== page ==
I love books about Wall Street written by insiders. Blood on the Street, written by Charles Gasparino, wasn't written by an insider but it certainly had the feel of one.
The role of Wall Street analysts during the time of The Bubble - in particular Mary Meeker, Henry Blodget and Jack Grubman - is the focus of the book. The book details the role of how analysts stopped being analysts and became investment bankers/analysts, as outsized compensation and internal pressure skewered the role of analysts away from being so-called objective providers of unbiased research to shrills for investment banking.
The conflicts between research and investment banking have always been known. Or at least they have to investment professionals. The fact that you can read a 100 page report on a company and find nary a criticism makes it fairly obvious most analysts aren't in the business of being critical of most companies they cover, at least in print. But that isn't obvious to the layman or laywoman who is sold investment products based on analyst recommendations.
Blood on the Street received a fair amount of coverage when it was first released a few years ago, and anecdotes about Jack Grubman's (non-denial of) cocaine usage became well known from the reviews of Gasparino's book. But two other items struck me as more interesting.
First, Gasparino writes that Henry Blodgett, with just a few years of experience as an analyst, became a trusted financial adviser to Merrill Lynch CEO Dave Kamansky. Perhaps Blodgett's role in Kamansky's personal portfolio is exaggerated, I don't know, but it is astonishing to read how even a man of Kamansky's stature was swept up in the Internet Bubble. It now seems generations away, but it was a mere seven years ago when the investment community lost its collective marbles and bid up garbage Talking Sock Puppet Companies to idiotic valuations. Kamansky taking advice from someone like Blodgett illustrates the power and pervasiveness of the investment mania that was in full bore at the time.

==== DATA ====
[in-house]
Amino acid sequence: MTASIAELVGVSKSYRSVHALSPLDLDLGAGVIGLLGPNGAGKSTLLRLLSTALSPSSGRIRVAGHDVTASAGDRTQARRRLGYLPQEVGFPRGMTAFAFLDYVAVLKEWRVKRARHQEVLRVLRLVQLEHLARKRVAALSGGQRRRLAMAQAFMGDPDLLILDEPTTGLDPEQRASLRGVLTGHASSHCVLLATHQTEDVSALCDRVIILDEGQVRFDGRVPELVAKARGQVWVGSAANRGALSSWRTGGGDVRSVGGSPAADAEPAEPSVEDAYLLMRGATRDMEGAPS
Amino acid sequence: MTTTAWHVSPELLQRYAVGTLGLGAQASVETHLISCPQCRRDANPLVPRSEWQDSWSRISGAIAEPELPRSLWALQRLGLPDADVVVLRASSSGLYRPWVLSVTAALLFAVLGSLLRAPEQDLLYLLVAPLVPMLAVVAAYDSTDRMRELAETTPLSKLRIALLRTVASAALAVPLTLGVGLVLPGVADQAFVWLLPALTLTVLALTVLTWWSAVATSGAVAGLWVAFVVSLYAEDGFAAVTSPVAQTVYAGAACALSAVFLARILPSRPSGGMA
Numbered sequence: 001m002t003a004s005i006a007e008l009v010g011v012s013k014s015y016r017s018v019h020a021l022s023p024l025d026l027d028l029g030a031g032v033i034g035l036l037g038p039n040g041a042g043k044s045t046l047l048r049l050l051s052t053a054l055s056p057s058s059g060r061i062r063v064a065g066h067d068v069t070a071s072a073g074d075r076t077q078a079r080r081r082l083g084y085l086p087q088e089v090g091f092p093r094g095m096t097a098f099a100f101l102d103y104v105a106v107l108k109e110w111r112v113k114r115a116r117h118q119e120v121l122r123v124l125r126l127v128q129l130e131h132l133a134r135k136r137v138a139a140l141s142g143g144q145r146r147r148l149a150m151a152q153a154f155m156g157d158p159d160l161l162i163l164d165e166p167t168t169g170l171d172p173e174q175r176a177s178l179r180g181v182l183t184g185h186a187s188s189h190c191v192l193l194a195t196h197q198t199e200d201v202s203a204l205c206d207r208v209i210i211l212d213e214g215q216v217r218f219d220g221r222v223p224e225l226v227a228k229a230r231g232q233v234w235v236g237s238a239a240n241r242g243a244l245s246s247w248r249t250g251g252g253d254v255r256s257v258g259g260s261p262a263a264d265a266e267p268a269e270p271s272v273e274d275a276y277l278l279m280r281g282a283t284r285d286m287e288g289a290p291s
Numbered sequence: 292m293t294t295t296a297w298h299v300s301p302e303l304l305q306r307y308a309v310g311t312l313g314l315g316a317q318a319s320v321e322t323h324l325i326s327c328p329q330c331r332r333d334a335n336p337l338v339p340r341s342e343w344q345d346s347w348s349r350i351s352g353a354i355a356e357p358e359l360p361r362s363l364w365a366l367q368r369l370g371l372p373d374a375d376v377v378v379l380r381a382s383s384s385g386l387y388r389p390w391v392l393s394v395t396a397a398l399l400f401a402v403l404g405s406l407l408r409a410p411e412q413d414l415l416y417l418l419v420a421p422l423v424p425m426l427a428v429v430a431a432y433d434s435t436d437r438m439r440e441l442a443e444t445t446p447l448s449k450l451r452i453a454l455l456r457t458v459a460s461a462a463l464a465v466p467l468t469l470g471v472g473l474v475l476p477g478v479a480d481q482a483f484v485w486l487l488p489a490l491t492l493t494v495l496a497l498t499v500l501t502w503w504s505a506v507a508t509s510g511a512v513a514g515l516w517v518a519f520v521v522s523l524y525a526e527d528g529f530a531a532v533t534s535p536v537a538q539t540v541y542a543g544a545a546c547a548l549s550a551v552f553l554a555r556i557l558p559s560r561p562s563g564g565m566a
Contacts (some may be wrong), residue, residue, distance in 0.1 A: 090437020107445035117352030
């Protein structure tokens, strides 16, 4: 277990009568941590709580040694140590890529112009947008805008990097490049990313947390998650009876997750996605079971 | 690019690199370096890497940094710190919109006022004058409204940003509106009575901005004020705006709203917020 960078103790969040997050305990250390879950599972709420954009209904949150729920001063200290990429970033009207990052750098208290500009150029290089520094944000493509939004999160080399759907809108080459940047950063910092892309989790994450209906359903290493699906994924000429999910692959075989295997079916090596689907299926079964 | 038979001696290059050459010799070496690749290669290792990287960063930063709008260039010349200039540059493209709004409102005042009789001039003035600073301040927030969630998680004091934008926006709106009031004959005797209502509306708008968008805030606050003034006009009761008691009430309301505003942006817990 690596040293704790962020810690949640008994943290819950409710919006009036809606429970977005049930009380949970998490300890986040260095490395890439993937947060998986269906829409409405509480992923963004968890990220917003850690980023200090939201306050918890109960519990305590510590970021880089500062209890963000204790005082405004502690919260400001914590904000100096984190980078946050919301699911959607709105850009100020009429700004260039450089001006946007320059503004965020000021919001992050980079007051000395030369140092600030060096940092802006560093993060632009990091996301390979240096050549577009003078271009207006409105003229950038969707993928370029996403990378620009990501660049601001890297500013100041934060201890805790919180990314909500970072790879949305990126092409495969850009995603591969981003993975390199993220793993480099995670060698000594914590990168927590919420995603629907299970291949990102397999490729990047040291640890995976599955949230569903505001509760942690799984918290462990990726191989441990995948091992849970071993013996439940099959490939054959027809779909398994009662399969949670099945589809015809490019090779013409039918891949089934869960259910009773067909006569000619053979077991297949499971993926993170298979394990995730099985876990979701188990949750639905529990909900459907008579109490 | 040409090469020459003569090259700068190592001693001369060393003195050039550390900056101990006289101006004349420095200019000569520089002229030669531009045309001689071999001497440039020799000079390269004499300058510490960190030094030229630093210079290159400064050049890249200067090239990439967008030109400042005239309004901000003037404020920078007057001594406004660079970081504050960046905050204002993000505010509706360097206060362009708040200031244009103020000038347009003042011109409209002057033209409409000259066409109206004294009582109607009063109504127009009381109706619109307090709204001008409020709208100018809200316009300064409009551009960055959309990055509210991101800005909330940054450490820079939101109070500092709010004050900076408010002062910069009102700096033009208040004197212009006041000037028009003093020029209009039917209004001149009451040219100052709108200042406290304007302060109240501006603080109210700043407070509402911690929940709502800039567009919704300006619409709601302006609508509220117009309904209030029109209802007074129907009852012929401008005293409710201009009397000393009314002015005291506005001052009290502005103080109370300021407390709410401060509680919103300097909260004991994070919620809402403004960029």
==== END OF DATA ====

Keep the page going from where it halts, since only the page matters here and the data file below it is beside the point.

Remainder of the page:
The other item of interest to me was the sympathetic desrciption of former SEC Chairman, Harvey Pitt. As a non-insider in both Washington and Wall Street, my perception of Pitt - despite his credentials - was that of a Nero fiddling while Wall Street burned. Not so, writes Gasparino. Pitt was far more effective than given credit - more so than Arthur Levitt - and his sins were more political than operational at the SEC. Pitt may have been Pollyanish in his view of Wall Street self-regulation, but he did more to implement structural changes in the investment business than given credit, while Levitt did less.
The one criticism I have is Gasparino's assertion that analysts may have been the most important reason for The Bubble. That, in my opinion, is incorrect. Though analysts certainly played a part in hyping stocks, the forces that create and deflate investment bubbles - excessive monetary creation, rapid technological innovation, level of interest rates, etc. - are far beyond the purview of research Wall Street analysts, who often dance to the strings of other forces, such as investment banking and the corporations they cover.
However, this is a well written book. I highly recommend it for anyone, especially to those who invest solely though a broker.
Blood on the Street goes on my investment book recommendation list. Out of five, I rate it